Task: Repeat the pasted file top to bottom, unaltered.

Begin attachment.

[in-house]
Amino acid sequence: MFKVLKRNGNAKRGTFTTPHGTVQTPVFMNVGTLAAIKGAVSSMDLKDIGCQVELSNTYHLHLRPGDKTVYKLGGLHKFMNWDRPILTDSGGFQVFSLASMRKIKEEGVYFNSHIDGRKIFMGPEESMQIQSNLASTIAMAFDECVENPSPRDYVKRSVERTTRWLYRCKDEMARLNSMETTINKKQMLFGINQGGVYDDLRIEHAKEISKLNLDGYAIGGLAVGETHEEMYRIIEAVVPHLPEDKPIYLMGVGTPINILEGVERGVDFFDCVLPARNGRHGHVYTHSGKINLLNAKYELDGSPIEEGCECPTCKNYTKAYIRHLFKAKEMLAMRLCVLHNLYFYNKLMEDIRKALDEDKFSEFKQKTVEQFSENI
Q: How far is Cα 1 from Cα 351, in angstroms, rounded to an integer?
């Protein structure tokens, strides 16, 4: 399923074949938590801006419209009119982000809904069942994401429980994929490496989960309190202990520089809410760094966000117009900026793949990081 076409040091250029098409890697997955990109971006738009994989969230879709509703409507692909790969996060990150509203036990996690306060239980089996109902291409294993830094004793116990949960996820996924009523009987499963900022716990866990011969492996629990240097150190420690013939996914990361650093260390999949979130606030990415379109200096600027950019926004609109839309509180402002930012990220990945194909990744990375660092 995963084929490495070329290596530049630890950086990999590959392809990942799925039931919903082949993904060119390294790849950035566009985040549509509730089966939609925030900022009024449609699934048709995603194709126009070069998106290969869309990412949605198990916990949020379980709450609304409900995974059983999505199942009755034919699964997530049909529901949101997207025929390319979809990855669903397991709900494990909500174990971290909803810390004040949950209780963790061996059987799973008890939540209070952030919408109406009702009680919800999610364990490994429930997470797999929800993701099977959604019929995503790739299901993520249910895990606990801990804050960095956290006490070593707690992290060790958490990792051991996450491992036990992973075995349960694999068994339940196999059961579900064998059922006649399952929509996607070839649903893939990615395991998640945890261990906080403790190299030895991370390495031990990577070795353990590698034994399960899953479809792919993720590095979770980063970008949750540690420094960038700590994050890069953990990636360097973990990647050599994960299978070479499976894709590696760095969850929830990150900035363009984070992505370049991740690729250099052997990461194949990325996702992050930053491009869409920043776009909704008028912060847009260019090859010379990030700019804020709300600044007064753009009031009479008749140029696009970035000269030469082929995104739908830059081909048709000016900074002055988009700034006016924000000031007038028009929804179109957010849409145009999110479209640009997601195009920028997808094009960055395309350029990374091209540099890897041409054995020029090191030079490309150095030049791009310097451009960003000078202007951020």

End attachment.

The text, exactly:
[in-house]
Amino acid sequence: MFKVLKRNGNAKRGTFTTPHGTVQTPVFMNVGTLAAIKGAVSSMDLKDIGCQVELSNTYHLHLRPGDKTVYKLGGLHKFMNWDRPILTDSGGFQVFSLASMRKIKEEGVYFNSHIDGRKIFMGPEESMQIQSNLASTIAMAFDECVENPSPRDYVKRSVERTTRWLYRCKDEMARLNSMETTINKKQMLFGINQGGVYDDLRIEHAKEISKLNLDGYAIGGLAVGETHEEMYRIIEAVVPHLPEDKPIYLMGVGTPINILEGVERGVDFFDCVLPARNGRHGHVYTHSGKINLLNAKYELDGSPIEEGCECPTCKNYTKAYIRHLFKAKEMLAMRLCVLHNLYFYNKLMEDIRKALDEDKFSEFKQKTVEQFSENI
Q: How far is Cα 1 from Cα 351, in angstroms, rounded to an integer?
């Protein structure tokens, strides 16, 4: 399923074949938590801006419209009119982000809904069942994401429980994929490496989960309190202990520089809410760094966000117009900026793949990081 076409040091250029098409890697997955990109971006738009994989969230879709509703409507692909790969996060990150509203036990996690306060239980089996109902291409294993830094004793116990949960996820996924009523009987499963900022716990866990011969492996629990240097150190420690013939996914990361650093260390999949979130606030990415379109200096600027950019926004609109839309509180402002930012990220990945194909990744990375660092 995963084929490495070329290596530049630890950086990999590959392809990942799925039931919903082949993904060119390294790849950035566009985040549509509730089966939609925030900022009024449609699934048709995603194709126009070069998106290969869309990412949605198990916990949020379980709450609304409900995974059983999505199942009755034919699964997530049909529901949101997207025929390319979809990855669903397991709900494990909500174990971290909803810390004040949950209780963790061996059987799973008890939540209070952030919408109406009702009680919800999610364990490994429930997470797999929800993701099977959604019929995503790739299901993520249910895990606990801990804050960095956290006490070593707690992290060790958490990792051991996450491992036990992973075995349960694999068994339940196999059961579900064998059922006649399952929509996607070839649903893939990615395991998640945890261990906080403790190299030895991370390495031990990577070795353990590698034994399960899953479809792919993720590095979770980063970008949750540690420094960038700590994050890069953990990636360097973990990647050599994960299978070479499976894709590696760095969850929830990150900035363009984070992505370049991740690729250099052997990461194949990325996702992050930053491009869409920043776009909704008028912060847009260019090859010379990030700019804020709300600044007064753009009031009479008749140029696009970035000269030469082929995104739908830059081909048709000016900074002055988009700034006016924000000031007038028009929804179109957010849409145009999110479209640009997601195009920028997808094009960055395309350029990374091209540099890897041409054995020029090191030079490309150095030049791009310097451009960003000078202007951020």